DNA Modifications and Neurological Disorders

Yi Lan Weng, Ran An, Jaehoon Shin, Hongjun Song, Guo li Ming

Research output: Contribution to journalReview articlepeer-review

38 Scopus citations


Mounting evidence has recently underscored the importance of DNA methylation in normal brain functions. DNA methylation machineries are responsible for dynamic regulation of methylation patterns in discrete brain regions. In addition to methylation of cytosines in genomic DNA (5-methylcytosine; 5mC), other forms of modified cytosines, such as 5-hydroxymethylcytosine, 5-formylcytosine, and 5-carboxylcytosine, can potentially act as epigenetic marks that regulate gene expression. Importantly, epigenetic modifications require cognate binding proteins to read and translate information into gene expression regulation. Abnormal or incorrect interpretation of DNA methylation patterns can cause devastating consequences, including mental illnesses and neurological disorders. Although DNA methylation was generally considered to be a stable epigenetic mark in post-mitotic cells, recent studies have revealed dynamic DNA modifications in neurons. Such reversibility of 5mC sheds light on potential mechanisms underlying some neurological disorders and suggests a new route to correct aberrant methylation patterns associated with these disorders.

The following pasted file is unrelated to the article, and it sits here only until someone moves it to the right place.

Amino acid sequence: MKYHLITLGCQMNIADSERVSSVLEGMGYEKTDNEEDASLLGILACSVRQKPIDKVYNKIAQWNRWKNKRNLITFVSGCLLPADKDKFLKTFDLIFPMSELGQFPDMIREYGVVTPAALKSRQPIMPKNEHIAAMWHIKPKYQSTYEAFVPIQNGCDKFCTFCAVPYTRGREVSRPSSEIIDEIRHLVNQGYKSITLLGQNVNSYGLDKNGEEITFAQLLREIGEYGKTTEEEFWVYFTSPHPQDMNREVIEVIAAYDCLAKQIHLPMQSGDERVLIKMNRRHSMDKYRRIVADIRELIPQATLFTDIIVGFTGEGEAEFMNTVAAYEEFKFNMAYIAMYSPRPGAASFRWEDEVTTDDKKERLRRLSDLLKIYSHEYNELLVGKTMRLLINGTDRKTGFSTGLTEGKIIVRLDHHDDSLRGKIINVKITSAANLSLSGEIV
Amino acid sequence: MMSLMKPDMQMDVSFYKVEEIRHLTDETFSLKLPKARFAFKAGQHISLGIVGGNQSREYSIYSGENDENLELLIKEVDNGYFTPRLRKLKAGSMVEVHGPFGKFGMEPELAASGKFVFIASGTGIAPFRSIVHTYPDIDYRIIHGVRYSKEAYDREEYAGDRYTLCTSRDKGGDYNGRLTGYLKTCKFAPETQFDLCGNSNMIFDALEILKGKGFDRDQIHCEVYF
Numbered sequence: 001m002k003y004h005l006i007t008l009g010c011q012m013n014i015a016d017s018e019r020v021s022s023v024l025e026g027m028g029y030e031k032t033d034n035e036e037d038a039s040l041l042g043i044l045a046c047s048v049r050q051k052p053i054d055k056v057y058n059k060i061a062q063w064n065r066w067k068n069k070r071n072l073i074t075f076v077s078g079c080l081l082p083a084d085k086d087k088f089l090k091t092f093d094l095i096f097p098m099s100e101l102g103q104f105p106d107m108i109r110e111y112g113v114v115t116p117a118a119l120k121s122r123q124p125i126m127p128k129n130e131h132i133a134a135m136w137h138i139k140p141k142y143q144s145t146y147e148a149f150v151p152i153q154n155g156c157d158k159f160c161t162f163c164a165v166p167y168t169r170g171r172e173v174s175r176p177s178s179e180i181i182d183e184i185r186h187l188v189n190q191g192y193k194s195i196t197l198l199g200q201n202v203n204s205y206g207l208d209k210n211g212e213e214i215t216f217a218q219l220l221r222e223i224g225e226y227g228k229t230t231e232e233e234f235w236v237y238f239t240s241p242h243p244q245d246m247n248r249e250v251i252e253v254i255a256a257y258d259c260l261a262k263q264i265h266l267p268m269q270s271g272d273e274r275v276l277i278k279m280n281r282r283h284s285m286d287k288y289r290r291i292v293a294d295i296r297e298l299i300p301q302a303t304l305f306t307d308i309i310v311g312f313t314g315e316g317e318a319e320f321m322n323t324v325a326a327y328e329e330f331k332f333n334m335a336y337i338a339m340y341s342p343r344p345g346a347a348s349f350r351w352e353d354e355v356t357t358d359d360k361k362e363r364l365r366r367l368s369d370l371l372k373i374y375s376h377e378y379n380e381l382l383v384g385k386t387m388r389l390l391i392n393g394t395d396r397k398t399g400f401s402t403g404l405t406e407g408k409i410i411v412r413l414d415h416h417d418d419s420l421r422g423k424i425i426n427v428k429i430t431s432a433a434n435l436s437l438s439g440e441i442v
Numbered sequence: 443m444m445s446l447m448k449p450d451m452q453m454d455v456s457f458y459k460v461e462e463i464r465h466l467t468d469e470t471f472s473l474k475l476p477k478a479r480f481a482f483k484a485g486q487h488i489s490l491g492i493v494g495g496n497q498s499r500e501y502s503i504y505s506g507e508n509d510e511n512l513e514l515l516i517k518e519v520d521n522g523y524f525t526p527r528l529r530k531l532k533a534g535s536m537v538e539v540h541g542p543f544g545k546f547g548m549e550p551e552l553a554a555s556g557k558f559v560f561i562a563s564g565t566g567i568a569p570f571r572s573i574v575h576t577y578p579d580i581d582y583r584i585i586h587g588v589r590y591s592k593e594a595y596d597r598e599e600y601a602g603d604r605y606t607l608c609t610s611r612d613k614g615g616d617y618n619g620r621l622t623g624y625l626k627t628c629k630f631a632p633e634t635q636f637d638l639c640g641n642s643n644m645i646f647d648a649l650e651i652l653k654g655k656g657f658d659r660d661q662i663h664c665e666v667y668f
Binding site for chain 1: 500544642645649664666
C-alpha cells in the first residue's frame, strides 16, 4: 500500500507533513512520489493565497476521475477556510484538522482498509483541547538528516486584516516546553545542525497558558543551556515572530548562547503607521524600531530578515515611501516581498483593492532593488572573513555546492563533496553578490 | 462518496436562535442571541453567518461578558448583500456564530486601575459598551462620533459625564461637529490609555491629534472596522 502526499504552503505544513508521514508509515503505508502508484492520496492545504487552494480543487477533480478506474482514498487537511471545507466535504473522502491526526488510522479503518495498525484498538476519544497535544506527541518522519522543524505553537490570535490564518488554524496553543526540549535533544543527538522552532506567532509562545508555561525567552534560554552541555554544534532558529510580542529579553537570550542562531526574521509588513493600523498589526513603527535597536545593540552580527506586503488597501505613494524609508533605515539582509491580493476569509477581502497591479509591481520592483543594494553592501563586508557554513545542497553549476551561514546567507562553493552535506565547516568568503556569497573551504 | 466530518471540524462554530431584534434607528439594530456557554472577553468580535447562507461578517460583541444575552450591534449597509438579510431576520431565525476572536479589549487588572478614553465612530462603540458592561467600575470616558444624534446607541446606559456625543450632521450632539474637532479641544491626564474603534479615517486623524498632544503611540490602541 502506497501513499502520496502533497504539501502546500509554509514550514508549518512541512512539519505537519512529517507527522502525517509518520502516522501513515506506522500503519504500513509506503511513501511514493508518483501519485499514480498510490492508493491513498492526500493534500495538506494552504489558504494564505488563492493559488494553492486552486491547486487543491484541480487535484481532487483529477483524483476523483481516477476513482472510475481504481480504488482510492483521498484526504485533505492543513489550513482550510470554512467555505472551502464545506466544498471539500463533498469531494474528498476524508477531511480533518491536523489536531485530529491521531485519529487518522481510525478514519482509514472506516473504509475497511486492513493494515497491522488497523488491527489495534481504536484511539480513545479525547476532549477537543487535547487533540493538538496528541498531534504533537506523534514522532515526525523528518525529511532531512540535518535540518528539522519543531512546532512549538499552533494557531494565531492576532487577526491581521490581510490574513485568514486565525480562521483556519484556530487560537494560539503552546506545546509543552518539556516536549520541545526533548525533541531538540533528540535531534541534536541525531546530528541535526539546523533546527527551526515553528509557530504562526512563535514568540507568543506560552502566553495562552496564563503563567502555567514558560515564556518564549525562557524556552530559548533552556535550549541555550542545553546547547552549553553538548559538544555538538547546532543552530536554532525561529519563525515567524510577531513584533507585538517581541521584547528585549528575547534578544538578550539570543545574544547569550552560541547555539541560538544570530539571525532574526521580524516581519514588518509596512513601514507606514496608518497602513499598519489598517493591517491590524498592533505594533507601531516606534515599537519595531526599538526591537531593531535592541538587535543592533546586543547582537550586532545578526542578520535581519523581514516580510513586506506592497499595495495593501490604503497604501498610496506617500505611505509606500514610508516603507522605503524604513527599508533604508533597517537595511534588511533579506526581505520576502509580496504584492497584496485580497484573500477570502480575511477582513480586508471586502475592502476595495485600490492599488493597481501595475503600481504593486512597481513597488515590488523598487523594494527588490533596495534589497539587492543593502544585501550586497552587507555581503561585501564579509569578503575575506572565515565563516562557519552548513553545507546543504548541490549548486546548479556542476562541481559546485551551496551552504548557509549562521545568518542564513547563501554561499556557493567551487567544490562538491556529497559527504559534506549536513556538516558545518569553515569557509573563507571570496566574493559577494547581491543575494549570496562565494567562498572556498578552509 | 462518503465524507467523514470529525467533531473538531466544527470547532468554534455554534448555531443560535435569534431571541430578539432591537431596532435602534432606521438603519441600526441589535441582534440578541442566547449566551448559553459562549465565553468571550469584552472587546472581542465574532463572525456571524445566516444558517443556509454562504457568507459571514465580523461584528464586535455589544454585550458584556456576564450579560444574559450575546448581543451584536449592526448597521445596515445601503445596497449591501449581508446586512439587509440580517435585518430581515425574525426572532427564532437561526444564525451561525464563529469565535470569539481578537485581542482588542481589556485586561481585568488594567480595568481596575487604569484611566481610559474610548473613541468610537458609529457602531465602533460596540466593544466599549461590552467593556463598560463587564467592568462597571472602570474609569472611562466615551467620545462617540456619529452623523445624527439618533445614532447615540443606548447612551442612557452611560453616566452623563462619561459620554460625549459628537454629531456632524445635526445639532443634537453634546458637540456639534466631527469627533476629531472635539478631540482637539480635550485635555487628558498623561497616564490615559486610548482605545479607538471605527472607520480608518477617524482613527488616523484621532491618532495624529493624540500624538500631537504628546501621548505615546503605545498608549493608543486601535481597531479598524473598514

Original languageEnglish (US)
Pages (from-to)556-567
Number of pages12
Issue number4
StatePublished - Oct 1 2013


  • 5hmC
  • DNA demethylation
  • DNA methylation
  • DNMT
  • GADD45
  • TET

ASJC Scopus subject areas

  • Pharmacology (medical)
  • Clinical Neurology
  • Pharmacology


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